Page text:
Monday, October 26, 2015

OCTOBER COMICS (2015): Sandman #6

“24 Hours,” written by Neil Gaiman, art by Mike Dringenberg & Malcolm Jones, III, colors by Robbie Busch, lettering from Todd Klein

Dr. Destiny—in possession of Morpheus’s ruby, which holds much of his power—has escaped from Arkham Asylum and is holed up in a 24-hour diner in a small town somewhere in America.  His mind already cracked from years of exposure to one of Morpheus’s tools, Dr. Destiny has such a fractured psyche that he takes delight in the torment and horrors inflicted upon others.  He watches the television with glee as the atrocities of the world are revealed to those in the diner, and Destiny uses the powers of the ruby to inflict similarly horrific cruelties upon the few patrons unlucky enough to have entered the diner around the time he is there.  

Through his manipulation of the ruby, Destiny unearths these ugliest thoughts and, for some, fantasies of those around him, affording them the opportunity to realize these horrors (including homophobia, misogyny, and incredibly disturbing physical and emotional tortures) without inhibition.  It’s chilling and uncomfortable, a comic that doesn’t flinch when confronted with the ugliness of humanity. 

Gaiman is ably abetted by his artistic collaborators, Mike Dringenberg and Malcolm Jones, III.  The first issue wherein co-creator Sam Kieth was no longer part of the artistic team, the transition away from Kieth’s more cartoonish approach works to the advantage of this issue.  Dringenberg & Jones have a more angular, scratchy delineation (an almost tighter Eddie Campbell style) that increases the sense of urgency and dread, as we follow the cruelties perpetrated by these people over the course of twenty-four hours.  The ugliness of the acts are amplified by the cartooning of Dringenberg & Jones, who are not afraid to exaggerate anatomy and expressions in one panel to great narrative effect, while then returning to more natural imagery in the next, in order to ground the story.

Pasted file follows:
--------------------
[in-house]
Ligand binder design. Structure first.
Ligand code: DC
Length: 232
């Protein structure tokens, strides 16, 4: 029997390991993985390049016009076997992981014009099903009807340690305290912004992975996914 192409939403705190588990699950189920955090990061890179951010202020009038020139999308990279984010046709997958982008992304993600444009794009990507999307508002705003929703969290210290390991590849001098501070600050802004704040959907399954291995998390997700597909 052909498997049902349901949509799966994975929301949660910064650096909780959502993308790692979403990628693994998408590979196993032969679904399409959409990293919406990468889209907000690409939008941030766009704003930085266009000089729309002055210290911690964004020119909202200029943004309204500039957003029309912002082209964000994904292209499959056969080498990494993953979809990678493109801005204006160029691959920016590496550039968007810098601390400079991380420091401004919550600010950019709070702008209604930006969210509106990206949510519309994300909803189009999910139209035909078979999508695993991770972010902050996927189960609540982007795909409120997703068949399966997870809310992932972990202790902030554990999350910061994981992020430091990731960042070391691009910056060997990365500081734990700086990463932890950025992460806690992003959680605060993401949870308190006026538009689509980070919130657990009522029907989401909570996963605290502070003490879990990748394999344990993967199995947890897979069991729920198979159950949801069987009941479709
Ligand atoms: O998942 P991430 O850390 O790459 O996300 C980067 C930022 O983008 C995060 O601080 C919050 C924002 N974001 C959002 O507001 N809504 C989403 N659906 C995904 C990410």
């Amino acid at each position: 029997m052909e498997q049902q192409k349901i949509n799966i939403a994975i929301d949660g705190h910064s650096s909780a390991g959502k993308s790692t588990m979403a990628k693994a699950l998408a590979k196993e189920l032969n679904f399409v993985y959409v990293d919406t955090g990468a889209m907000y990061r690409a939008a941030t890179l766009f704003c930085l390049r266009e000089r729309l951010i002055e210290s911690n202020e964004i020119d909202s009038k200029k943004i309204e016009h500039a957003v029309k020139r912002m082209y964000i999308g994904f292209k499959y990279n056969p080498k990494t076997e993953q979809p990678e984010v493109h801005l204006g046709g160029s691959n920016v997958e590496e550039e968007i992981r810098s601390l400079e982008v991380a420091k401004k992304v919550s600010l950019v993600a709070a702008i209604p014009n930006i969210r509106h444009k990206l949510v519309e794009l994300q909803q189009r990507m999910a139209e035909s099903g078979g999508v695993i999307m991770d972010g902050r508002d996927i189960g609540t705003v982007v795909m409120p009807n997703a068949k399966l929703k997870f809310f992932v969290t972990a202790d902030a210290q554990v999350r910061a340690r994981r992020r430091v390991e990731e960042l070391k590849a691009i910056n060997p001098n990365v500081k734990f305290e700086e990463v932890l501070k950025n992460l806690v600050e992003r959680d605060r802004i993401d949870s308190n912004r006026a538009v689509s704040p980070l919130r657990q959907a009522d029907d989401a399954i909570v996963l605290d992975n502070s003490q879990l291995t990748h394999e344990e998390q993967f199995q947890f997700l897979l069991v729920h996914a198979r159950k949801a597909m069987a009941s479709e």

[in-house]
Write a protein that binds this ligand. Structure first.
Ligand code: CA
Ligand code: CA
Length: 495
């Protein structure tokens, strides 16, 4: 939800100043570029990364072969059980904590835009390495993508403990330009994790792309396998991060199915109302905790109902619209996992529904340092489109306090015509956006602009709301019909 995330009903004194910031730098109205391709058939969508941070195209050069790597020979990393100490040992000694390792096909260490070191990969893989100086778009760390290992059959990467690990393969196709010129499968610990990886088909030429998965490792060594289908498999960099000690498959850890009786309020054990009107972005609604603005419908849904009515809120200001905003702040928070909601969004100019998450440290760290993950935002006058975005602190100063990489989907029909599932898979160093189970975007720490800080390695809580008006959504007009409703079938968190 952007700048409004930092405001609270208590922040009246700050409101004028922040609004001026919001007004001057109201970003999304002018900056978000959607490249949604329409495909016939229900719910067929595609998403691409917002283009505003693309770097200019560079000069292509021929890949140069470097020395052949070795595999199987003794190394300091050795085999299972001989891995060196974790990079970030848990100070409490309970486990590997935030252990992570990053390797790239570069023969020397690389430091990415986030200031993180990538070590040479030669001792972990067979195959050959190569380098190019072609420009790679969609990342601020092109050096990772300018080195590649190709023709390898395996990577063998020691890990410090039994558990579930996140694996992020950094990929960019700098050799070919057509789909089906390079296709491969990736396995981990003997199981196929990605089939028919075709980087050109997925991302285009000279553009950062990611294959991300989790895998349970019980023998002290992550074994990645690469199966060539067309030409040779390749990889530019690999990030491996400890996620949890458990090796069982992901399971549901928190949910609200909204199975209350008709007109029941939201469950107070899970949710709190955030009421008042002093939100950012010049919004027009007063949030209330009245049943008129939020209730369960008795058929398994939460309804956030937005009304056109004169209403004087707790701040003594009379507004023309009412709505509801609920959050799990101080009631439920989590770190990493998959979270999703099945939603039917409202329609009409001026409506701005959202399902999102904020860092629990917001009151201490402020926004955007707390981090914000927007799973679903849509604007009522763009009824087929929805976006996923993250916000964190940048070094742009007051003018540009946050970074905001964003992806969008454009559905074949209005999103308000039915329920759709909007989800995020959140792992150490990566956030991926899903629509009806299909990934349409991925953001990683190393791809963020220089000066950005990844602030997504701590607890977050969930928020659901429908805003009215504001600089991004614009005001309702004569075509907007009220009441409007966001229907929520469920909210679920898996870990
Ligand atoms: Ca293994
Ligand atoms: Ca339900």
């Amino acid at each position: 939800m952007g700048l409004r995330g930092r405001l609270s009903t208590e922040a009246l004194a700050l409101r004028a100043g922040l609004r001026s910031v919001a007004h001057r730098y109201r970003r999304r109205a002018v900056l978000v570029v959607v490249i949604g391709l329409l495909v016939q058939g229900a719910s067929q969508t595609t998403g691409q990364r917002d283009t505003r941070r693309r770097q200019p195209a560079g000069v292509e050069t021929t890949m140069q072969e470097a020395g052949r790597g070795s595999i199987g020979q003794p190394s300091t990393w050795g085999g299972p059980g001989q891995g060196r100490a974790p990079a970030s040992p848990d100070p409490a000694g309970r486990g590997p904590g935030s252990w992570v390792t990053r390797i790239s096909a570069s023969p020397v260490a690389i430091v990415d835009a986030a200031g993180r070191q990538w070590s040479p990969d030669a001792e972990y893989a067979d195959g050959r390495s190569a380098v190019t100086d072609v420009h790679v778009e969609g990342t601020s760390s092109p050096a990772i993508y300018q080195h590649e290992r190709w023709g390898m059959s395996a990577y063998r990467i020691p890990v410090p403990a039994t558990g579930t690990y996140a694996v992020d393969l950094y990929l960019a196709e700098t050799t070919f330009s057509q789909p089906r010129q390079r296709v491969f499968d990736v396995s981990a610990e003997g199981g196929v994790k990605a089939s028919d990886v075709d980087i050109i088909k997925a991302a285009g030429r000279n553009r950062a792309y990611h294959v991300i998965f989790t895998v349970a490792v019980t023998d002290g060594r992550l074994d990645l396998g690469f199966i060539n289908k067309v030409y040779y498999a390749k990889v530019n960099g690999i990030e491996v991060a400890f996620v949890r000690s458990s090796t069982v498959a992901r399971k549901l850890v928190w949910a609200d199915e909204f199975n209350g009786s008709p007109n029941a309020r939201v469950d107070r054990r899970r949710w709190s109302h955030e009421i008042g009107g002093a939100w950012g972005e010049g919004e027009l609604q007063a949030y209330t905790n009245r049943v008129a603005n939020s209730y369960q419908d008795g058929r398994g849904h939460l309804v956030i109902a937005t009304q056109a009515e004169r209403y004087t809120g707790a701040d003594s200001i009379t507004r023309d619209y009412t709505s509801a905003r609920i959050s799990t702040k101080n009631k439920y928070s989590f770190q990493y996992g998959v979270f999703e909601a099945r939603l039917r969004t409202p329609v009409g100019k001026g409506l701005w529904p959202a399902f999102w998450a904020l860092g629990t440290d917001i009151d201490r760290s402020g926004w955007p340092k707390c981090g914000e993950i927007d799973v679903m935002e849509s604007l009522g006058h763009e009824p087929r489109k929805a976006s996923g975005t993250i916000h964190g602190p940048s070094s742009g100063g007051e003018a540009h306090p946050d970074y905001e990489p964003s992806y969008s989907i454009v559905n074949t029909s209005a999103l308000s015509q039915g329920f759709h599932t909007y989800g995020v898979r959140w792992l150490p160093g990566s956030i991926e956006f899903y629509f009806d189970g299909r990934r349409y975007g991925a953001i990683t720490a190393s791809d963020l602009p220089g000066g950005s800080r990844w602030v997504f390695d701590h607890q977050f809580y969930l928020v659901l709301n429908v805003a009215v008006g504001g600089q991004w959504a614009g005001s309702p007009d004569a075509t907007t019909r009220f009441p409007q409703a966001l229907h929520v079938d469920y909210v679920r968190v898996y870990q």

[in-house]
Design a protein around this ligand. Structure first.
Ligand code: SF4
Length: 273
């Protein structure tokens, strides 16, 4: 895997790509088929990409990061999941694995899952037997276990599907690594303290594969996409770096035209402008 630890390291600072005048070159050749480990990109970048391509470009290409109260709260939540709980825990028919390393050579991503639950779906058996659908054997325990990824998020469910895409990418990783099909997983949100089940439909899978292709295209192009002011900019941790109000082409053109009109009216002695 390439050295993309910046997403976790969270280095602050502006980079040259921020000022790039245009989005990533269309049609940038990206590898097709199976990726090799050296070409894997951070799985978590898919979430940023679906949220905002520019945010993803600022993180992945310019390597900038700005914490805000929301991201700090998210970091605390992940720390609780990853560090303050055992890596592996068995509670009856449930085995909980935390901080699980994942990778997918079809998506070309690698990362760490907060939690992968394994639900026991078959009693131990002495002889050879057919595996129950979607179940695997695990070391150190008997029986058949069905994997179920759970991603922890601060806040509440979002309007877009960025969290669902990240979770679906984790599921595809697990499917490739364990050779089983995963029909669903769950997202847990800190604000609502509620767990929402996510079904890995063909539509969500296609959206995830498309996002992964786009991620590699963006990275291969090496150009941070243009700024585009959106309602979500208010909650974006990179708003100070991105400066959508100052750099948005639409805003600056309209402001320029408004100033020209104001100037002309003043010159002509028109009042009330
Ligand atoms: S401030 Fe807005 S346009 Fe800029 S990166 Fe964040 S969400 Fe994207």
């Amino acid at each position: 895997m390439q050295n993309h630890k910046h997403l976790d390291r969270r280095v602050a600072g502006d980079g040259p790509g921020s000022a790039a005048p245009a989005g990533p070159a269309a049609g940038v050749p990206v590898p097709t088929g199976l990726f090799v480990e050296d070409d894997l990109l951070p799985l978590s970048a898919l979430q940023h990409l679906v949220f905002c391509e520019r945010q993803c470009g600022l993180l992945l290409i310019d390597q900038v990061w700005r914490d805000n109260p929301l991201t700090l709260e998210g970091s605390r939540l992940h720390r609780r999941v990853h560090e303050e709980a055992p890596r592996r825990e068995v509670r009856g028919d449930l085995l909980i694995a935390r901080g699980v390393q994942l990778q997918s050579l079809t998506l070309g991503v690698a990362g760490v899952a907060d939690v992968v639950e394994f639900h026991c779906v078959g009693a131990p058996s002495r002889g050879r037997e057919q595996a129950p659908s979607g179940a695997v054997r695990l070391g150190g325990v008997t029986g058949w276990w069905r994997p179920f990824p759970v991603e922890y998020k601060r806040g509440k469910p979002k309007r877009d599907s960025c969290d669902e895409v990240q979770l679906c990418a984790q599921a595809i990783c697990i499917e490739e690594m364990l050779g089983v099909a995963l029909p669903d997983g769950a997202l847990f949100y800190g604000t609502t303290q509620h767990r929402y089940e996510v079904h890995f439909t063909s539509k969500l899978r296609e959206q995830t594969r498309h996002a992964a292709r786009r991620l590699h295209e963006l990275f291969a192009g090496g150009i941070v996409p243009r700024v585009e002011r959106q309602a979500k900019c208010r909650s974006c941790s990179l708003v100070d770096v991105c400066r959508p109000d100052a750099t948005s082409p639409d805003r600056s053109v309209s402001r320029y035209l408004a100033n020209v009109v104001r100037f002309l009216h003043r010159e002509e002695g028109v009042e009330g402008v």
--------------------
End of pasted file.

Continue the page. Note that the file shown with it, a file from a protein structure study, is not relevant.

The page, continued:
It is this grounding of the narrative, by Gaiman, Dringenberg, and Jones, that is the most horrifying aspect of the comic.  These are normal people, ones you may know or could easily run into while walking downtown, while the supernatural effects happen invisibly, in the mind of Dr. Destiny, revealing horrors we may have experienced, either personally or second hand, or seen on the news.  The horrors that occur in this small diner are not out of the ordinary; they are the black spots on our souls that we all deal with—though, for most of us, these dark spots are merely flashes of frustration that pop up in fits of pique, that are quickly diminished because we are civil and rational.  But it is this familiarity that makes this story all the more chilling.  



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